Recently the owner of the Washington Redskins (Daniel Snyder) commented that he’d never change the name of the team, despite the fact that people have long complained that it’s a racial slur. In a twist that’s made me happy, a lot of media outlets and journalists have objected to calling them the Redskins and simply refer to them as Washington.
On Sunday, Bob Costas spelled it out (and yes, I do recommend that people watch this).
I’ve seen some interesting responses. From people who say it’s about time, to those who don’t understand what the problem is- saying that this is political correctness at its worst.
Controversy regarding sports teams being named after Native Americans is nothing new. There have been objections for decades- even as a kid I was well aware that people objected to the Atlanta Braves- and their Tomahawk Chop.
This isn’t a case of political correctness. It’s recognizing that mistakes were made in the past- that not all decisions/traditions are a good thing. That historically, we’ve ignored the voice of the Native American people- uprooting and relocating, stripping them of say by claiming we’re giving them “autonomy.” All while sports teams make millions off of stereotypes.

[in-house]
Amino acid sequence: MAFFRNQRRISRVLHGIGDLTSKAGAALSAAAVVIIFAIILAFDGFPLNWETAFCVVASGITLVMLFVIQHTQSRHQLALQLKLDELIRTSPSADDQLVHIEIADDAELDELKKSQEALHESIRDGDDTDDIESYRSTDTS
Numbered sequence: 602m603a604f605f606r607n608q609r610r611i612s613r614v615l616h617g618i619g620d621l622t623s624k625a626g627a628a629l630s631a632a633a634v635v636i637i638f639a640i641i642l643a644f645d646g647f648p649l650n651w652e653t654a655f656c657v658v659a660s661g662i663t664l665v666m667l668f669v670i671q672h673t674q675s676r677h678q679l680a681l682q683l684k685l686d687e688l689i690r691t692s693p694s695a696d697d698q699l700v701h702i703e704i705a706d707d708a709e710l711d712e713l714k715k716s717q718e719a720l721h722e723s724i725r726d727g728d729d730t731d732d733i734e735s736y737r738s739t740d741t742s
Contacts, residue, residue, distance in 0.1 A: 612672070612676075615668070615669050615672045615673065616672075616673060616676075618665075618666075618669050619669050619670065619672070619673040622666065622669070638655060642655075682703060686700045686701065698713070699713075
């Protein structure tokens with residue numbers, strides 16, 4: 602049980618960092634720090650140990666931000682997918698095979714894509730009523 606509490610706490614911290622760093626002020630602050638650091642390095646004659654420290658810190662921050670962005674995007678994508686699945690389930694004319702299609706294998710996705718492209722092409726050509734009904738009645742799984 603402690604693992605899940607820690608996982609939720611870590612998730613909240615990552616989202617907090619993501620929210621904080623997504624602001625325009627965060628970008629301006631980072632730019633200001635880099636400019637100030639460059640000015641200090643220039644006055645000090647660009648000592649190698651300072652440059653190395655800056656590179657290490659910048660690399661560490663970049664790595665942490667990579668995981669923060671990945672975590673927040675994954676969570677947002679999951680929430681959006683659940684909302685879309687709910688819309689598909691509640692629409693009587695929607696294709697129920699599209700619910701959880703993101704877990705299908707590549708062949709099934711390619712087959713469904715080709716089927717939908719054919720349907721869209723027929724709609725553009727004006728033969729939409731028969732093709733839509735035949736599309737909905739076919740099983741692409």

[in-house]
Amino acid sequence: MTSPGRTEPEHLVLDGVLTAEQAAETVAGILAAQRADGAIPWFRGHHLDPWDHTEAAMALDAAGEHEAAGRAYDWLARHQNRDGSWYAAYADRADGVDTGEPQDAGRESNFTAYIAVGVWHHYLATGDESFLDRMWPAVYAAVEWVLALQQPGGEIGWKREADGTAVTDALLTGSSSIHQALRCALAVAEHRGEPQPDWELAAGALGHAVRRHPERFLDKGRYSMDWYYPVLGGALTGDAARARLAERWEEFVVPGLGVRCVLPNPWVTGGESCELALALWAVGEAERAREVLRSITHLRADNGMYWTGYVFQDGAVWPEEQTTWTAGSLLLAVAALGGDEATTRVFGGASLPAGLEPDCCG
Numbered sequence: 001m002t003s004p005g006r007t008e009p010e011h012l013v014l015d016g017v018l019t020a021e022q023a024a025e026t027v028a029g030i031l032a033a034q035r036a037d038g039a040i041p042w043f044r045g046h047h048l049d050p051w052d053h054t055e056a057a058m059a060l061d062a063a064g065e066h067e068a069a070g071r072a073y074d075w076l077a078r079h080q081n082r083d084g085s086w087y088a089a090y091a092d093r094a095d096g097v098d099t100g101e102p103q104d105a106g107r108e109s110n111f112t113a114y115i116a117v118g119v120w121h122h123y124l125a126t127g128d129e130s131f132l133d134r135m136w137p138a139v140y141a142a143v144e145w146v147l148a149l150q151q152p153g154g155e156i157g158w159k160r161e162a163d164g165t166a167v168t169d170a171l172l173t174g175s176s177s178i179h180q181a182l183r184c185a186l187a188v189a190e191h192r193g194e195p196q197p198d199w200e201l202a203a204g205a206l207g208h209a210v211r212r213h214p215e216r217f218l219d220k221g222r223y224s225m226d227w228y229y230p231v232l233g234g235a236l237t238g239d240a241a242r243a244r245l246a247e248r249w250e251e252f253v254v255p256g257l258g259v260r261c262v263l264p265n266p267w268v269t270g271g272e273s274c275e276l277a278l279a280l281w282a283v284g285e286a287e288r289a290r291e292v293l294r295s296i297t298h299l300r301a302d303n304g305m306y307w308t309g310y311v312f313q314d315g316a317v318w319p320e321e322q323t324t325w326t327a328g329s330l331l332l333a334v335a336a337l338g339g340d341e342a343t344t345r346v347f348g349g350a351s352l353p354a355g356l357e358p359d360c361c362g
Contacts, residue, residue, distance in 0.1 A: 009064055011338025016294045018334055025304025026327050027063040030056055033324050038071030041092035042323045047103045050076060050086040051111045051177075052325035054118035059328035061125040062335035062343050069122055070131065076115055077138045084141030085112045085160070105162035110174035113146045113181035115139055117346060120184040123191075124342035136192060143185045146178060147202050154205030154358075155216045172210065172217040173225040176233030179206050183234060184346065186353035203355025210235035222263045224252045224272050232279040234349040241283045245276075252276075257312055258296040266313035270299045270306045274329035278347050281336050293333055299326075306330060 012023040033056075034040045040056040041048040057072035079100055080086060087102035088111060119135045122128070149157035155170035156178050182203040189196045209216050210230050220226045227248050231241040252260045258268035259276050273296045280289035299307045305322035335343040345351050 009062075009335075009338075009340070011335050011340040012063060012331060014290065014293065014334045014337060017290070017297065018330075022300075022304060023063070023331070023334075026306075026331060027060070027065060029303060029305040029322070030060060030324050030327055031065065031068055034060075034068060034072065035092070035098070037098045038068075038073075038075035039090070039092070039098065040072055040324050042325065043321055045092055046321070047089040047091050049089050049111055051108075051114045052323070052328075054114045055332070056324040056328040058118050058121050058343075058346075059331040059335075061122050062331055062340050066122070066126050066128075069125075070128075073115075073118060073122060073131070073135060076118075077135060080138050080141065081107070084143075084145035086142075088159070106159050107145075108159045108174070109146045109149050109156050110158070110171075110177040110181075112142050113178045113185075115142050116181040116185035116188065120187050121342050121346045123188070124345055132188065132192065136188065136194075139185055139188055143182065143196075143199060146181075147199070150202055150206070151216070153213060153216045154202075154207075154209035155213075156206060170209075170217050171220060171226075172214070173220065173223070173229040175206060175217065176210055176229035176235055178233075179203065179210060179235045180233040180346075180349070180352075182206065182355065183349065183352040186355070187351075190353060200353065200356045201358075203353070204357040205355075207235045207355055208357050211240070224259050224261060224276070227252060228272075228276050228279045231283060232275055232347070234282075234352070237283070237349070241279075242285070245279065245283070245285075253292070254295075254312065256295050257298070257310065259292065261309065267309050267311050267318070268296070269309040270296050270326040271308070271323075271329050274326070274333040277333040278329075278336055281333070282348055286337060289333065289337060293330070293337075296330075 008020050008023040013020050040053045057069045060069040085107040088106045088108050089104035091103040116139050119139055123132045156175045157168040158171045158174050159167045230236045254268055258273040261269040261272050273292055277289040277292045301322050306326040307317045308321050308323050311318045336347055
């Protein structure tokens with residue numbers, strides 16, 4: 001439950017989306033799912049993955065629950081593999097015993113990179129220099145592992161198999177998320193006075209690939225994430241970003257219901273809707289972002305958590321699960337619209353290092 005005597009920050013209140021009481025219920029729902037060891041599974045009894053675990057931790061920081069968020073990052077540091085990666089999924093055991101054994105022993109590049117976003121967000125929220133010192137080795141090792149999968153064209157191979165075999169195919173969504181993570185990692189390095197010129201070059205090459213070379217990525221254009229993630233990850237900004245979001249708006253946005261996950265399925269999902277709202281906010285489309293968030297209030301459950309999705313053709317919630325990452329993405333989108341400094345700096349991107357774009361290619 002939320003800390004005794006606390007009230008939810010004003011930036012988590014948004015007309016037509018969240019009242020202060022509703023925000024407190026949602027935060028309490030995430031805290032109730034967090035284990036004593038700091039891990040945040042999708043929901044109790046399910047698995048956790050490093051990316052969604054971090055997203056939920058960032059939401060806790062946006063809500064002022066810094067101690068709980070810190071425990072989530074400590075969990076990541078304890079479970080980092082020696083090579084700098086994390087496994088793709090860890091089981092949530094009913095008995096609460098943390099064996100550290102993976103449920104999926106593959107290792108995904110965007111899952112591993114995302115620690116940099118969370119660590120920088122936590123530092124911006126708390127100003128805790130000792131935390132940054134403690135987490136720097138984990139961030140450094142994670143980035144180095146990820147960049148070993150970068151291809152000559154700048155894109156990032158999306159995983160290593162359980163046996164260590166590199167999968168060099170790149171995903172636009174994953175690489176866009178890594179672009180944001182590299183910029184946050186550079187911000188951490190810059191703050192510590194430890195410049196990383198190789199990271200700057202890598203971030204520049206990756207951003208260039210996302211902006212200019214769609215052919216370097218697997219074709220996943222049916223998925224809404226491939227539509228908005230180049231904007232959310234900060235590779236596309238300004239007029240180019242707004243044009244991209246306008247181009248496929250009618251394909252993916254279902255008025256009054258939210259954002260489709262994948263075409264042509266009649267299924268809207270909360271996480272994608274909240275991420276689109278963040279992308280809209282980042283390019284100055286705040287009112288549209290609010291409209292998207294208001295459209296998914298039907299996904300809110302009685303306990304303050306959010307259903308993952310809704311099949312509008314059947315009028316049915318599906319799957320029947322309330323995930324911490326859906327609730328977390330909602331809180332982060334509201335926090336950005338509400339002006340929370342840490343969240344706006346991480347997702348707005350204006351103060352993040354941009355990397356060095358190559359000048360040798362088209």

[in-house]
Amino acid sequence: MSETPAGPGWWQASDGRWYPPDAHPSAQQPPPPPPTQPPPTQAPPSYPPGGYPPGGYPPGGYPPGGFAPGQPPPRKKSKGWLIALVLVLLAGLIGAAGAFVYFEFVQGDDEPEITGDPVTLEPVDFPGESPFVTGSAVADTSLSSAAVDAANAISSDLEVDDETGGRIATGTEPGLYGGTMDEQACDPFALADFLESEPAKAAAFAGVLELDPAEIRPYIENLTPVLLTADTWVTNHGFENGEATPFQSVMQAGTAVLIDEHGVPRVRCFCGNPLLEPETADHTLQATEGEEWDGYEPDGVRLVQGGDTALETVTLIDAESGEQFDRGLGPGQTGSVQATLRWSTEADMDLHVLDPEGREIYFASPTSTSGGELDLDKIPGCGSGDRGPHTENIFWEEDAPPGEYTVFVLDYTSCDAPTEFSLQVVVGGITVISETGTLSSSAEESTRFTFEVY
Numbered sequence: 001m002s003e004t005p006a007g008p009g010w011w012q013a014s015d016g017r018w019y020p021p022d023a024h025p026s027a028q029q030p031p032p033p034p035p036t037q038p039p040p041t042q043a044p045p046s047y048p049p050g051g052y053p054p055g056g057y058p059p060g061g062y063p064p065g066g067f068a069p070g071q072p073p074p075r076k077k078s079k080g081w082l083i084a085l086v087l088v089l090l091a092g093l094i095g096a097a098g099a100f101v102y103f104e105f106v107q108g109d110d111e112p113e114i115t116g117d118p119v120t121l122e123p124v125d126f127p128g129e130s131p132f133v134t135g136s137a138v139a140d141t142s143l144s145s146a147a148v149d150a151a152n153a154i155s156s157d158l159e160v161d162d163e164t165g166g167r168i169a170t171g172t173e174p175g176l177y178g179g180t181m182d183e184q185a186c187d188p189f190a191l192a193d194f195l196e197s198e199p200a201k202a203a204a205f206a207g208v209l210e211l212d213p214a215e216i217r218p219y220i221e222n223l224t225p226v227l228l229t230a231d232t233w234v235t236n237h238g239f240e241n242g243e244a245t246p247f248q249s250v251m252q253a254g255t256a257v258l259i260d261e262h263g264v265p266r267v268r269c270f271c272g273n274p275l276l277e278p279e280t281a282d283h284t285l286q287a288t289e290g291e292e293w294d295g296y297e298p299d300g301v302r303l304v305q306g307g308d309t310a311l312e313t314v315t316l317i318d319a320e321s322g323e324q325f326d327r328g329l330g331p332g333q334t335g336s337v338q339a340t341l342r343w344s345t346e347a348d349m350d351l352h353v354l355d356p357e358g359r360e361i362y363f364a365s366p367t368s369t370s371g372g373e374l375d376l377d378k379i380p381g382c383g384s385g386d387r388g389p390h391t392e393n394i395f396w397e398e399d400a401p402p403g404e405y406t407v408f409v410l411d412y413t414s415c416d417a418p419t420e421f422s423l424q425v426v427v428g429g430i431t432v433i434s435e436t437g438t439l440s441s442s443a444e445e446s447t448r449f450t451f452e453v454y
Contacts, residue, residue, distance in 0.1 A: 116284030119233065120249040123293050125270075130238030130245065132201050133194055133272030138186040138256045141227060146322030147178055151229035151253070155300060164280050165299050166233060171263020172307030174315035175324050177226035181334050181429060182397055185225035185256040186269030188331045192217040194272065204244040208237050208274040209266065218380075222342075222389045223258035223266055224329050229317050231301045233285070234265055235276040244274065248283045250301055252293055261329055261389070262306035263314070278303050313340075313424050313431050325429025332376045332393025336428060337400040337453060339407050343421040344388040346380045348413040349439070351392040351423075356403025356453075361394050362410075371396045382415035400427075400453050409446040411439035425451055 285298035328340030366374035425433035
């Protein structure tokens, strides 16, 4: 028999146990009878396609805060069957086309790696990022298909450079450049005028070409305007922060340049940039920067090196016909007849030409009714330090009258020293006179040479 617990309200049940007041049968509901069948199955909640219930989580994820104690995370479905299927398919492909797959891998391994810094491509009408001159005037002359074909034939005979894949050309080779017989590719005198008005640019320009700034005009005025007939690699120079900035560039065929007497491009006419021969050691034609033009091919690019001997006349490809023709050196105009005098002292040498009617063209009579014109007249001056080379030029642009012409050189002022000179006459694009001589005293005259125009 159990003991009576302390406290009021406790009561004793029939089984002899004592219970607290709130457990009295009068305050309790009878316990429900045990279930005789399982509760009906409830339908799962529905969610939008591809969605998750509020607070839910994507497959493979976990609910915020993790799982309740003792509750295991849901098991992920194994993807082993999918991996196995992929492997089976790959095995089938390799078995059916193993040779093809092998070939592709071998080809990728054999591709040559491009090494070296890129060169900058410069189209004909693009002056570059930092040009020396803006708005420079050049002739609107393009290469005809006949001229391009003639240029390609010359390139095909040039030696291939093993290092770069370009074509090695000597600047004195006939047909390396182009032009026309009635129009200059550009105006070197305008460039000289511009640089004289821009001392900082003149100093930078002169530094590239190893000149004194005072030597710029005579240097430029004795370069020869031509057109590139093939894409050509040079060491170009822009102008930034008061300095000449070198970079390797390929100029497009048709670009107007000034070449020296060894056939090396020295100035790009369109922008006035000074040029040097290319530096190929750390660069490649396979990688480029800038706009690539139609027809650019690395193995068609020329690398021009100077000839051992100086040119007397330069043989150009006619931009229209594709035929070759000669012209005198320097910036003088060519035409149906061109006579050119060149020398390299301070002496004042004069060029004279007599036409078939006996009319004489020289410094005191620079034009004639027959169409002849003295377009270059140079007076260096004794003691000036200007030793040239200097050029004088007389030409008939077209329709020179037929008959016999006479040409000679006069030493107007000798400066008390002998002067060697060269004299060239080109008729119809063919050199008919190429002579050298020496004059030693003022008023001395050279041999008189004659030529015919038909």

We criticize celebrities who pull their eyes to look Asian. When people put on blackface we dub it offensive. How is this any different? It isn’t.
There’s no shame in rebranding. There is shame in digging in your heels in the name of tradition, ignoring slurs and insults because “it’s just the way it is.”
Social change comes from acknowledging that mistakes were made and changing it. Shrugging your shoulders and excusing those mistakes as being “the way it always is” is wrong. We change, we learn, we grow.
Looking back on the past, we don’t shy away from laughing at stupid notions like leeches being a cure of maladies. We can recognize the ludicrousness of throwing people in water to determine whether or not they’re witches. We should be able to look back and say, “Holy crap, that was a terrible thing to name a football team. We might not have a time machine, but at least we can change the name now.”